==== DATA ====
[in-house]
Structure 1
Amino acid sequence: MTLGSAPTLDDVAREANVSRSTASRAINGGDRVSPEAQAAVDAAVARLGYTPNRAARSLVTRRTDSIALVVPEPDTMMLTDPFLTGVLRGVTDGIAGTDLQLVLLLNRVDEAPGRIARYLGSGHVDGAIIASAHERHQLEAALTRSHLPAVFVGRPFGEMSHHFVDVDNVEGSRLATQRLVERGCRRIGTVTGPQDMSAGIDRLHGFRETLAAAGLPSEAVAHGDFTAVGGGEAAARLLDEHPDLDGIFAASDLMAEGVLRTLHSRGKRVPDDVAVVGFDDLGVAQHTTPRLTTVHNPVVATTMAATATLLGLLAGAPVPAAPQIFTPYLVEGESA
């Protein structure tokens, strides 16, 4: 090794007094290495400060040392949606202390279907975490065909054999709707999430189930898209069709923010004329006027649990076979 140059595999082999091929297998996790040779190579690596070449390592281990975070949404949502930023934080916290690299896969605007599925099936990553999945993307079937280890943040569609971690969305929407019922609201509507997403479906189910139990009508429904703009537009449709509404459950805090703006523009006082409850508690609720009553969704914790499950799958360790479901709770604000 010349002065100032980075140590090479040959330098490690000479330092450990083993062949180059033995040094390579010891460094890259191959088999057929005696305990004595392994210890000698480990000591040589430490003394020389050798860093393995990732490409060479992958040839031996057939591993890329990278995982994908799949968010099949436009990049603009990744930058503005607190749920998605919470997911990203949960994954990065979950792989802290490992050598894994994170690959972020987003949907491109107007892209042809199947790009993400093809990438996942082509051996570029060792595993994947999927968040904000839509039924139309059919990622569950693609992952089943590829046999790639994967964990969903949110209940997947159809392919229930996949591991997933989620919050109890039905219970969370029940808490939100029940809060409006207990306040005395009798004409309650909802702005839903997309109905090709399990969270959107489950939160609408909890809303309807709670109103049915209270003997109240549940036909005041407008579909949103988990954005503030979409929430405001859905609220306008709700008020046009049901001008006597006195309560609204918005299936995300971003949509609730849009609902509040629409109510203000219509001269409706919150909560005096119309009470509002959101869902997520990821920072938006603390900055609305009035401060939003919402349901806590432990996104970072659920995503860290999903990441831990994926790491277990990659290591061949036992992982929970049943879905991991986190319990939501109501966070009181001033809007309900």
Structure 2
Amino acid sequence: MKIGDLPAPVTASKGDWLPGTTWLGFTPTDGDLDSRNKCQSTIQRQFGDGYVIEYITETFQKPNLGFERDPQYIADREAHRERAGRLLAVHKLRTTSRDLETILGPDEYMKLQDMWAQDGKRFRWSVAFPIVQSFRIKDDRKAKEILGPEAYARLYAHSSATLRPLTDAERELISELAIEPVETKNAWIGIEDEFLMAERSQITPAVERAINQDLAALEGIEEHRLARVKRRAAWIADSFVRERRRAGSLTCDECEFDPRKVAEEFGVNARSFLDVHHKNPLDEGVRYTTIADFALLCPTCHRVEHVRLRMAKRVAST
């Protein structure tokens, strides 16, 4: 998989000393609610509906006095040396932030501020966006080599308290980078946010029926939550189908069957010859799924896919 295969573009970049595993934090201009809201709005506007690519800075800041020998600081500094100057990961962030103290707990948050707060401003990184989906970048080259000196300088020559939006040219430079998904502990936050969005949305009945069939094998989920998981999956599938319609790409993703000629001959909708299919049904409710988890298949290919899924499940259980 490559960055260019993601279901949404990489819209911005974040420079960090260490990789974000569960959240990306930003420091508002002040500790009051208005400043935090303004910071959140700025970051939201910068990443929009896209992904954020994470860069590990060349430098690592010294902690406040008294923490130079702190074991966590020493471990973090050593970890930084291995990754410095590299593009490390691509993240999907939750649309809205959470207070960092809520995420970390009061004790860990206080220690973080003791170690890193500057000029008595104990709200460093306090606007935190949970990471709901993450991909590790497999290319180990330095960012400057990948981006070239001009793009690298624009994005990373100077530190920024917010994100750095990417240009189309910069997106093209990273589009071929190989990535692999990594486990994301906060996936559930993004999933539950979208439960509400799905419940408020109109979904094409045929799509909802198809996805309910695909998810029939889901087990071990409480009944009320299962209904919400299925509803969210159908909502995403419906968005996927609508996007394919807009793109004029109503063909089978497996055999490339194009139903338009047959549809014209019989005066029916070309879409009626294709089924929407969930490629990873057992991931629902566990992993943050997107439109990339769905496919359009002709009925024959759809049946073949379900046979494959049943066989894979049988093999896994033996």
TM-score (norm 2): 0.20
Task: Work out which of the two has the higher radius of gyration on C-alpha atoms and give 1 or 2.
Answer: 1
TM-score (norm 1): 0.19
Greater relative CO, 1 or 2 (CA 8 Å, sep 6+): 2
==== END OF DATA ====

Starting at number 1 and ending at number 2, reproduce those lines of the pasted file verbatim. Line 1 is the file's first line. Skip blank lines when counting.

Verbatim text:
[in-house]
Structure 1